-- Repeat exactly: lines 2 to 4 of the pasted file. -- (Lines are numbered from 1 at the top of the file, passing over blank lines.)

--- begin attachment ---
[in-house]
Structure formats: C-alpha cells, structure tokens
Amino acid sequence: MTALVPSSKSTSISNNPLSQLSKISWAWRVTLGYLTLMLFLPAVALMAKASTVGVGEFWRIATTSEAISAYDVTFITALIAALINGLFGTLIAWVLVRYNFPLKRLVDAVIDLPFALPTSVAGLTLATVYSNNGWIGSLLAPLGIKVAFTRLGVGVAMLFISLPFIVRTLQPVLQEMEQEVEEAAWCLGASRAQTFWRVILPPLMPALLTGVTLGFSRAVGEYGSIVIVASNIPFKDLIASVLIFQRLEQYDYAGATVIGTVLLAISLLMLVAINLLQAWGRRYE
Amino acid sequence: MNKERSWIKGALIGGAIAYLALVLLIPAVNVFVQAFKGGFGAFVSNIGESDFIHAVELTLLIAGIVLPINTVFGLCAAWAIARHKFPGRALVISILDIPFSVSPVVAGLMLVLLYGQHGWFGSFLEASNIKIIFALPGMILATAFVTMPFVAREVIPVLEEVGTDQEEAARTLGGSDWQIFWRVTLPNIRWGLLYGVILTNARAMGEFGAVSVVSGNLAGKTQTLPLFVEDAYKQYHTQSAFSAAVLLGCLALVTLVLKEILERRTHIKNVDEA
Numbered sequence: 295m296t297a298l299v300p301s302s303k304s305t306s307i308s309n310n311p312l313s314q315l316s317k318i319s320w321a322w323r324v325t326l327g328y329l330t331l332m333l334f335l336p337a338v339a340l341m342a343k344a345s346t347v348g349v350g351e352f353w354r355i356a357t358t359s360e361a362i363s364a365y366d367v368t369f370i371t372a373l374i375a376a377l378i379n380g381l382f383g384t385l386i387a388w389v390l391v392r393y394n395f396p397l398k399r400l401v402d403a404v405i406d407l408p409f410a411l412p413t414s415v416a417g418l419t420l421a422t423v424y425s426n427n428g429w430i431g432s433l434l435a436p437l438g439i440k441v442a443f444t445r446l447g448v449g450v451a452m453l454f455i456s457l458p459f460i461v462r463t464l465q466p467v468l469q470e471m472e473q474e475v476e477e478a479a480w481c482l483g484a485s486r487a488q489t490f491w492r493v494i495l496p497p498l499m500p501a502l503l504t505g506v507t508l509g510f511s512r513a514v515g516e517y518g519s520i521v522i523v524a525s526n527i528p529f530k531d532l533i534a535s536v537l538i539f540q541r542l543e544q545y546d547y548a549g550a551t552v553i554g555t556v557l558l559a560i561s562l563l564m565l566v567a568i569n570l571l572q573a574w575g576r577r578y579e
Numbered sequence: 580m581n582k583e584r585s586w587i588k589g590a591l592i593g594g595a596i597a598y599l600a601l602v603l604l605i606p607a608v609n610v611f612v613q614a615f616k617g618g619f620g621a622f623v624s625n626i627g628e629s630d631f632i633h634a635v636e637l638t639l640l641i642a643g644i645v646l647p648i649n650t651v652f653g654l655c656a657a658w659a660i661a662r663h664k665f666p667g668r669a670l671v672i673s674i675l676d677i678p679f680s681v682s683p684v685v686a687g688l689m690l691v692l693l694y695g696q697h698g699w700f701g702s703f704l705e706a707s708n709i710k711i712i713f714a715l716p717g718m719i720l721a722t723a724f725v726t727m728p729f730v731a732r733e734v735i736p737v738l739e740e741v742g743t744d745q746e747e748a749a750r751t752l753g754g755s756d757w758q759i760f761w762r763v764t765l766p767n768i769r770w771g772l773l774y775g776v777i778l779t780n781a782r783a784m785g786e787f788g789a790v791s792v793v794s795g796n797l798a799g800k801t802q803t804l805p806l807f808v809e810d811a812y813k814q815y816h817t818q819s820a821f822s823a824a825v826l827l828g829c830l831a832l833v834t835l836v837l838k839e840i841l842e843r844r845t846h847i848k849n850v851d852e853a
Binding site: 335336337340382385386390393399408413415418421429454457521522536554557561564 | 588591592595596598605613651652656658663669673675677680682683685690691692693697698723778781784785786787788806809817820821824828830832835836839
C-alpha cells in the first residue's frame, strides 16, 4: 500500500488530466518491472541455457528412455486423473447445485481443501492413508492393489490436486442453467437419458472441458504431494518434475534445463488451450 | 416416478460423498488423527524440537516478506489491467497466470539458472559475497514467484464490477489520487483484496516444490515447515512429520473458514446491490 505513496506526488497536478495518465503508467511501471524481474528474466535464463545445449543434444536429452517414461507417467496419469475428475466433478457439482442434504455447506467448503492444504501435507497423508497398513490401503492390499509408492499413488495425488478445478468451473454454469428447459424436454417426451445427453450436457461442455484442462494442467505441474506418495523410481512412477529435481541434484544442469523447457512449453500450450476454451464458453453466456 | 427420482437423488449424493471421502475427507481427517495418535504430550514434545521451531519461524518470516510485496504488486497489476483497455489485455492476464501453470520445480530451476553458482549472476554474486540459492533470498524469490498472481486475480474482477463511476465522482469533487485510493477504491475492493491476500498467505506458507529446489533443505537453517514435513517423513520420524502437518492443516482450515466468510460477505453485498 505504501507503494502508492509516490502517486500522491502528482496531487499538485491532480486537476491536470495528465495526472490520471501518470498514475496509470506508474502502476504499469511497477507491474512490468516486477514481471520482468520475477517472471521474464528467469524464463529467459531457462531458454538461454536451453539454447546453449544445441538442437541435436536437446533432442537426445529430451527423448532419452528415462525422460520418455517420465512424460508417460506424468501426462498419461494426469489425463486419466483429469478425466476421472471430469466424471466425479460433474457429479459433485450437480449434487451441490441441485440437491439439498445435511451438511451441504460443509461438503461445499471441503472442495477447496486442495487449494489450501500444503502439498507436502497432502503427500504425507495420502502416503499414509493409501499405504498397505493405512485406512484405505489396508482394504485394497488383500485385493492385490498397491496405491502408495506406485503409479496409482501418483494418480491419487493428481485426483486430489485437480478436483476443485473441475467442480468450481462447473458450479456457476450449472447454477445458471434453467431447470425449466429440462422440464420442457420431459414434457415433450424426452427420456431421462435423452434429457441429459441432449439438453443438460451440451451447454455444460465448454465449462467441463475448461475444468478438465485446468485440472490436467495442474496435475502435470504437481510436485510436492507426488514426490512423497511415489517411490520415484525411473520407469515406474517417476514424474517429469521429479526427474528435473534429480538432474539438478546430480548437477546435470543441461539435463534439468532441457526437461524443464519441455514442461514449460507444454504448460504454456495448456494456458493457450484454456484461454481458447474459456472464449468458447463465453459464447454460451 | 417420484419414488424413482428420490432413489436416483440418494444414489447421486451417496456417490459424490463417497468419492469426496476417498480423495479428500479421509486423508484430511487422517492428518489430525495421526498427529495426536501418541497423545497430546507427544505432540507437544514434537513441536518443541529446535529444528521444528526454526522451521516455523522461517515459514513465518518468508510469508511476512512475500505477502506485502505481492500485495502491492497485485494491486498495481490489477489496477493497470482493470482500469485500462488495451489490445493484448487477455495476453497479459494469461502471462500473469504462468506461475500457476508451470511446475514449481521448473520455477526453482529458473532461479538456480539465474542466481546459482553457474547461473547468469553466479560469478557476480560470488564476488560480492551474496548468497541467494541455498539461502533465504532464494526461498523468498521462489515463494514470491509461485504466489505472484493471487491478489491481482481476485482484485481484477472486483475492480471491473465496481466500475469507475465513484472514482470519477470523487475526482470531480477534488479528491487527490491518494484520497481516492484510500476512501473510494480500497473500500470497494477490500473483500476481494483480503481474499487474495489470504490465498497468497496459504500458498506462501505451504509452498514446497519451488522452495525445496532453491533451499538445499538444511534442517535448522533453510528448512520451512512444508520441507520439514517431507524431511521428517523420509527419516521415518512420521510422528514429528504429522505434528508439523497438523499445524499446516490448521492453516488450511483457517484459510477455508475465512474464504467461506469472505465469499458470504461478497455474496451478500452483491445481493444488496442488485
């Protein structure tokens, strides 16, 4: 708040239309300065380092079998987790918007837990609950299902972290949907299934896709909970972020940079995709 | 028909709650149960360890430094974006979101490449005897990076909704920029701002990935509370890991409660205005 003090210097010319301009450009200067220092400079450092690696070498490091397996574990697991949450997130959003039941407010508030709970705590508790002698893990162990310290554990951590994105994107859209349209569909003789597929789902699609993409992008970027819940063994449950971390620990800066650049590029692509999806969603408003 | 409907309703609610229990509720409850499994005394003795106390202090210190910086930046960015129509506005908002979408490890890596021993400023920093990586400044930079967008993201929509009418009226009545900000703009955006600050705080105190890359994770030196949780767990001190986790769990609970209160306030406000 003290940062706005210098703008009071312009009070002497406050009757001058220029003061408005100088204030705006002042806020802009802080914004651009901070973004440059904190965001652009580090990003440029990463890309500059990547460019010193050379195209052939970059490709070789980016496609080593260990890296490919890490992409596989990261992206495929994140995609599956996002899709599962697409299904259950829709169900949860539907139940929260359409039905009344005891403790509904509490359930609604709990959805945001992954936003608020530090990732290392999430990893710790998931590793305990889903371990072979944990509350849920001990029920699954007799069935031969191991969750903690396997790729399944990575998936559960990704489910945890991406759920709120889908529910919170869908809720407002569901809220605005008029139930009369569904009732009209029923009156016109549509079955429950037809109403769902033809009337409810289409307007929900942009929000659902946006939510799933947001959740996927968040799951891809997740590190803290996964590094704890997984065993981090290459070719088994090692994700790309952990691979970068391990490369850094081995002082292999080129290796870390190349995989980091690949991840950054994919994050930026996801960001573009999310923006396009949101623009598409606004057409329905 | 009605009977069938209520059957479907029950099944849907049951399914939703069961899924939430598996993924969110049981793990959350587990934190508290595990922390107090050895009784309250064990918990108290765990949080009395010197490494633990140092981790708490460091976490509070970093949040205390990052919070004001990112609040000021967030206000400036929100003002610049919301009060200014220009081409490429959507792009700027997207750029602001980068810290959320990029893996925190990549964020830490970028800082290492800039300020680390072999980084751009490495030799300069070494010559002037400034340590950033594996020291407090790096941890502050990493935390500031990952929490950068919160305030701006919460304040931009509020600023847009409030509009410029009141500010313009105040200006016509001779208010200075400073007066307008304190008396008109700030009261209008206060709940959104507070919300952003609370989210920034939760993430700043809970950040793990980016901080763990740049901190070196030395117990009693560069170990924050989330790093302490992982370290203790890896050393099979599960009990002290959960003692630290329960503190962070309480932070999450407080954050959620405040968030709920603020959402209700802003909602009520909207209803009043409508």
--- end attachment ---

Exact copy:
Structure formats: C-alpha cells, structure tokens
Amino acid sequence: MTALVPSSKSTSISNNPLSQLSKISWAWRVTLGYLTLMLFLPAVALMAKASTVGVGEFWRIATTSEAISAYDVTFITALIAALINGLFGTLIAWVLVRYNFPLKRLVDAVIDLPFALPTSVAGLTLATVYSNNGWIGSLLAPLGIKVAFTRLGVGVAMLFISLPFIVRTLQPVLQEMEQEVEEAAWCLGASRAQTFWRVILPPLMPALLTGVTLGFSRAVGEYGSIVIVASNIPFKDLIASVLIFQRLEQYDYAGATVIGTVLLAISLLMLVAINLLQAWGRRYE
Amino acid sequence: MNKERSWIKGALIGGAIAYLALVLLIPAVNVFVQAFKGGFGAFVSNIGESDFIHAVELTLLIAGIVLPINTVFGLCAAWAIARHKFPGRALVISILDIPFSVSPVVAGLMLVLLYGQHGWFGSFLEASNIKIIFALPGMILATAFVTMPFVAREVIPVLEEVGTDQEEAARTLGGSDWQIFWRVTLPNIRWGLLYGVILTNARAMGEFGAVSVVSGNLAGKTQTLPLFVEDAYKQYHTQSAFSAAVLLGCLALVTLVLKEILERRTHIKNVDEA